Photo Credit: Hamale Lyman
Photo Credit: Hamale Lyman

Mind over matter

It takes two to tango when it comes to taste: what's in your mouth and what's in your head. So is there a way of manipulating your brain into thinking something is sweet when it isn't? There has been numerous cases where our brain has fooled us into thinking our food is more flavorful or sweet than it really is. Combining sensual stimuli can change our perception of taste.

For example, have you ever thought the different colors of Fruit Loops were different flavors? When we think of the color red, we think of sweet berries; when we smell vanilla, we get that sweet vanilla taste, and a grainy texture makes us think of granulated sugar. There might not be an ingredient that actually tastes sweet present in the product, but our brains can perceive it to be. The food industry can use these elements to fool our senses and reduce the amount of sweetener or sugar in our food. Let’s just hope our brains don’t figure it out first.

There's another way to trick our brain that is nothing short of miraculous. Ever bitten into a lemon and thought it tasted sweet? No? Well, the Miracle Fruit can make us do just that. When the fruit is consumed, a molecule within the plant attaches to our taste buds, allowing us to swap sour tastes for sweet until our salvia washes the fruit away (which usually takes about half an hour). This effect is called Miraculin, and is also present in artichokes to a lesser extent. Whilst tablets of Miracle Berry Fruit are available, putting it into a food product is a bit more complex. Keep an eye on the supermarket shelves, though - this could be the food of the future.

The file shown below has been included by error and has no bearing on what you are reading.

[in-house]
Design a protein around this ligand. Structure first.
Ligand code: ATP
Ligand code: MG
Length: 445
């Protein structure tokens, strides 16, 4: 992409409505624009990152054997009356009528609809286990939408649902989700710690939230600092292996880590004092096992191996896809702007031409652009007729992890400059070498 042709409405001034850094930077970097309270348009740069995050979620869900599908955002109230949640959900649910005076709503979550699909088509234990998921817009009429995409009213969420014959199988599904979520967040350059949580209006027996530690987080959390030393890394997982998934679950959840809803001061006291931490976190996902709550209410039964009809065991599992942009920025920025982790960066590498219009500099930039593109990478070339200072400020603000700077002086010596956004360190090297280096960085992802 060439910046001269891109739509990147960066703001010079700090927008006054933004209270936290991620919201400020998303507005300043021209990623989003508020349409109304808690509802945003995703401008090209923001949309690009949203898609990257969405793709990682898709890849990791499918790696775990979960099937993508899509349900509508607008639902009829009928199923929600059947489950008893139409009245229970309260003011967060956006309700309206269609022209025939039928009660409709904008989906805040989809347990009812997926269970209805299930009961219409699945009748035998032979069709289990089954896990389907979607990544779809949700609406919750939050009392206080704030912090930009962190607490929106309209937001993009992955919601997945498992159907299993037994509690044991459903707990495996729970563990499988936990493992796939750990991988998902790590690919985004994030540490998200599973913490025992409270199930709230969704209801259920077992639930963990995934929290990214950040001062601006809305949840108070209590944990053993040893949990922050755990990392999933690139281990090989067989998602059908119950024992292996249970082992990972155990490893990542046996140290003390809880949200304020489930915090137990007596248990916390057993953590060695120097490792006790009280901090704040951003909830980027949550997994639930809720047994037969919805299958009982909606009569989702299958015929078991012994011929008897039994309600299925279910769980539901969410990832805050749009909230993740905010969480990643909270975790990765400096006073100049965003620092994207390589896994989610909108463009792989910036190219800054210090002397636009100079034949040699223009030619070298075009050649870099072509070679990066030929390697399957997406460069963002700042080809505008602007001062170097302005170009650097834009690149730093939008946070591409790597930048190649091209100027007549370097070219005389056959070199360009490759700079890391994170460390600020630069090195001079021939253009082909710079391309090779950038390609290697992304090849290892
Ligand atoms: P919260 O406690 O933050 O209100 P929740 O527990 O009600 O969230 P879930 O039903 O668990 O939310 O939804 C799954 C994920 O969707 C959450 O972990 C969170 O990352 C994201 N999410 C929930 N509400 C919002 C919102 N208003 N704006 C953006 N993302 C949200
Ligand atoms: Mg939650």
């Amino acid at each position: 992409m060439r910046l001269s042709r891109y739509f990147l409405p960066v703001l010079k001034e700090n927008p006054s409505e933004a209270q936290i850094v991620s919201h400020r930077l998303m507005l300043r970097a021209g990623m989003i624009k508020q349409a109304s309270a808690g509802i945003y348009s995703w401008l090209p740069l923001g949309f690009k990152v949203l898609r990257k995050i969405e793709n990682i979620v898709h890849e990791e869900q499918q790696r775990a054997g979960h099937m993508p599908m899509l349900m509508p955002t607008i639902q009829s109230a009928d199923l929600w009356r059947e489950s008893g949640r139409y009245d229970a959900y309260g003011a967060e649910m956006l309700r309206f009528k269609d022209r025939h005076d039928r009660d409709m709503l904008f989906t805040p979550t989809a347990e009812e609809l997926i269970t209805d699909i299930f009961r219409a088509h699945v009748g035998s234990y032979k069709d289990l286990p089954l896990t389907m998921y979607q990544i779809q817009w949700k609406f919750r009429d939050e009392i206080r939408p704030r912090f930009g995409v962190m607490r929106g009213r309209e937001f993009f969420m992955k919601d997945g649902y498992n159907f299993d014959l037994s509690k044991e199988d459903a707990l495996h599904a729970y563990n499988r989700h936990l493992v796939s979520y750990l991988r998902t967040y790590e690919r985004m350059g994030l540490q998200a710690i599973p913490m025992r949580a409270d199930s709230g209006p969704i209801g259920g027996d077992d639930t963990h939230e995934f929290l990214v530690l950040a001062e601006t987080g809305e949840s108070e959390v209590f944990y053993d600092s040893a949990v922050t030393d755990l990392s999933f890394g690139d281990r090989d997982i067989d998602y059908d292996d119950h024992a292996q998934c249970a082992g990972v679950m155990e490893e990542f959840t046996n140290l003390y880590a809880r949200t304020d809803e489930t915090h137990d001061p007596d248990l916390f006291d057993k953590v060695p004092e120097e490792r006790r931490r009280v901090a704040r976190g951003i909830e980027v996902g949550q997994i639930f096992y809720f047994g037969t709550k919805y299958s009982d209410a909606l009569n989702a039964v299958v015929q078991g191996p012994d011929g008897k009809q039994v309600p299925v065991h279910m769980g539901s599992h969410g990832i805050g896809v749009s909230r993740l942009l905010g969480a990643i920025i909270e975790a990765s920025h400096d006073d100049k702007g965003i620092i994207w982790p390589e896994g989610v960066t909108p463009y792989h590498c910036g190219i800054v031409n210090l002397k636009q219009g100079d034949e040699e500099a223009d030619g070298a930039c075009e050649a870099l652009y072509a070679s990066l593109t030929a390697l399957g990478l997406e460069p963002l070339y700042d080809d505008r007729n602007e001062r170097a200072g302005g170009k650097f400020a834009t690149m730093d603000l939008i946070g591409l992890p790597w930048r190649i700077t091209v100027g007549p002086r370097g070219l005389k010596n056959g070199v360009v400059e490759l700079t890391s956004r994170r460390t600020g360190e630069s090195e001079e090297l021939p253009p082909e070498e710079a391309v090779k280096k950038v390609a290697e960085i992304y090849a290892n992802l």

Photo Credit: Nikkei Technology
Photo Credit: Nikkei Technology

Shock to the system

Electricity can have unusual yet useful applications when producing a food without sugar. Here’s where it gets really futuristic: we can use electricity to manipulate our taste buds. ‘Electric flavoring’ is gaining popularity and, while rather difficult to commercialize at present, could be a possibility in the future.

Researchers at the University of Singapore have developed electrodes which stimulate the tip of the tongue to generate tastes such as salt, sweet, sour and bitter. An electric fork that increases the salty taste in food has already been developed by researchers at University of Tokyo, and this could be developed further to produce more cutlery with a buzz. A sweet spoon to eat your sugar-free ice-cream could be on the cards.

Do we even need sugar in our products?

Photo Credit:gordonplant
Photo Credit:gordonplant

Taking the sugar out of bakery products is not easy. When it comes to sugary drinks reducing the sugar is fairly simple; they can be replaced by sweeteners without affecting the mouth-feel of the product. When it comes to removing the sugar from pastry products or cakes, the result has an unpleasant texture and can shorten the product's shelf-life. This is because other ingredients in the mix, like starch and fat, actually need the sugar to react with; without sugar, the mix just isn't right. The addition of other ingredients such as thickeners and stabilizers can help with this, but it is very much a work in progress.

Helping ourselves

Photo Credit: Petr Kratochvil
Photo Credit: Petr Kratochvil

Ultimately it's up to us to take responsibility for our diets. The food industry isn't forcing us to eat sugar, we always have a choice not to have it. The more sugar you have in your diet, the more you crave it, so rather than looking to the food industry to invent the perfect guilt-free treat, for now it's better to enjoy sugar in moderation. We'll have the sugar-free solution someday, but for now we just need to wait.

All photographs licensed under Creative Commons